Fort Bend`s Family Feud Family



Fort Bend`s Family Feud Family
Fort Bend People
Delrick, Vanessa, Aaron, Marsha,
and Paul Brown, with the help
of 4-year-old Devan, recently
competed on Family Feud
Fort Bend’s
Family FeudFamily
Fort Bend family competes on TV game show Family Feud
Written by Tonya Ellis | Photography by Suzi Issa
Ever since she was a girl, Vanessa Inga Brown wanted to
compete on a TV game show. “I’ve always thought it would
be fun,” she shares. “Whatever game show would be fine with
me.” The Fort Bend resident’s dream came true this past year,
when she, her husband Delrick, her brother-in-law Aaron,
and her parents-in-law Paul and Marsha Brown were selected
to compete on the TV game show Family Feud.
Feud Facts
Brown found out about Family Feud auditions while scrolling
through Sugar Land Magazine’s Facebook page. “It sounded
like something fun and something the family would want
to do,” she recalls. In Family Feud, five members from two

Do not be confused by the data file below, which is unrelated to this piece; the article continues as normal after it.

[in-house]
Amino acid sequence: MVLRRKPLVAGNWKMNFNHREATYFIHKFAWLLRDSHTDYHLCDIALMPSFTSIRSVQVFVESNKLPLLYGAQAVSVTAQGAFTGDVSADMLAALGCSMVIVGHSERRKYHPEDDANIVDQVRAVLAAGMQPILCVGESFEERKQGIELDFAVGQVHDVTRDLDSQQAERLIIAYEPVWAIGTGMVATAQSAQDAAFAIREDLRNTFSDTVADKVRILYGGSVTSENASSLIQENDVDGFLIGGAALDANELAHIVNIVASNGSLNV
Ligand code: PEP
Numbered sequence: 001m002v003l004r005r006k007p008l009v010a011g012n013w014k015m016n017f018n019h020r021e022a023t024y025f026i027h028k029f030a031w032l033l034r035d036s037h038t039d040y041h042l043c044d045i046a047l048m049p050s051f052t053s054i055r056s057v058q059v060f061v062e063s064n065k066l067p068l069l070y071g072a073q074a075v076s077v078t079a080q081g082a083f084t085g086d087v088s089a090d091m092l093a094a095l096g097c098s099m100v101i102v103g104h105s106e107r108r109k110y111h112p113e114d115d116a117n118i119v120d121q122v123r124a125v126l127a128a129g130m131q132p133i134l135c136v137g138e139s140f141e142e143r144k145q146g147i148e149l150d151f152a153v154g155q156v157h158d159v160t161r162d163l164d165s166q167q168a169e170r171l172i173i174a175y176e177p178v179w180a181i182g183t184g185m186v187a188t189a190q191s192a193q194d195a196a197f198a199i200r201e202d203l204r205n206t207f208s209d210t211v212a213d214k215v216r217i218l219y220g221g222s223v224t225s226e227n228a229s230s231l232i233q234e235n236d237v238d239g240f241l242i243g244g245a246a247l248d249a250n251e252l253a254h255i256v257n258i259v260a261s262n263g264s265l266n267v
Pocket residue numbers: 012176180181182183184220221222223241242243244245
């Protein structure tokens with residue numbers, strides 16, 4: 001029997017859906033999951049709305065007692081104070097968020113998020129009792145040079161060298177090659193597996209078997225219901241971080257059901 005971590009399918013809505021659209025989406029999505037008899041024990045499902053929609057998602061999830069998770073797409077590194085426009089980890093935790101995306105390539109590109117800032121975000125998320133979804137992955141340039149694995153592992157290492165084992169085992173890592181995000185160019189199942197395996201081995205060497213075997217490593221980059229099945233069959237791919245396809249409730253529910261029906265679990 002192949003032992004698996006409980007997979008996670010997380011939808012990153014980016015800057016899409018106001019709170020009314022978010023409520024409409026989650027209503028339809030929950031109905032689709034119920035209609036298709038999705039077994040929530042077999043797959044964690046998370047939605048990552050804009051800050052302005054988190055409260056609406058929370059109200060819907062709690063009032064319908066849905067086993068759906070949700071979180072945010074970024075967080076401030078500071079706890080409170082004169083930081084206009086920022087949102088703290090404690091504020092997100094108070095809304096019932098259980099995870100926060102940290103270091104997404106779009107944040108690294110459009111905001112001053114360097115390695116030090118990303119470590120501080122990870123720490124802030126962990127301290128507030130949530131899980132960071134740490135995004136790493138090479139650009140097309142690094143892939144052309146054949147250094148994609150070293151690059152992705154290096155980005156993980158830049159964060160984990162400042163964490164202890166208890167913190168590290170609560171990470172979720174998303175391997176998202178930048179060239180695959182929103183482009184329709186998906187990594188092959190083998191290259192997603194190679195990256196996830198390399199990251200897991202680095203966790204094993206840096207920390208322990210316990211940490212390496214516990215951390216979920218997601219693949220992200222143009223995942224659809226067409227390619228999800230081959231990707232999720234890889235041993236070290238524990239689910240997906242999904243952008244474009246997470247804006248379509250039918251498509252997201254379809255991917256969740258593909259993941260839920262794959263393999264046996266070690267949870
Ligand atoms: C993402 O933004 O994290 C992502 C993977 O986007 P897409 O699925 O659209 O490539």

families each battle to give the top answers to questions asked
of 100 people surveyed across the country. The winning
family competes in a fast money round with the chance to
win $20,000. Win five games and you get a new car.
Brown and her husband chose his brother and parents to
be their teammates, because they live close by in Brazoria
County. “It was easy to make a selection, because my family
all lives in Austin,” she explains.
Standing out from the Crowd
The Browns estimate that about 500 people showed up to the
auditions. “They had a stage set up just like Family Feud, with
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fake buzzers. They wanted you to show lots of energy and get
a feel for your family,” Vanessa says. The Browns impressed
the judges enough to be asked for a second interview in a
back room. A month later, they received a post card inviting
them to audition in Atlanta.
Their game playing ability helped them stand out from the
crowd, but their height could have also put them above
the competition, Vanessa guesses. “I’m six feet, and my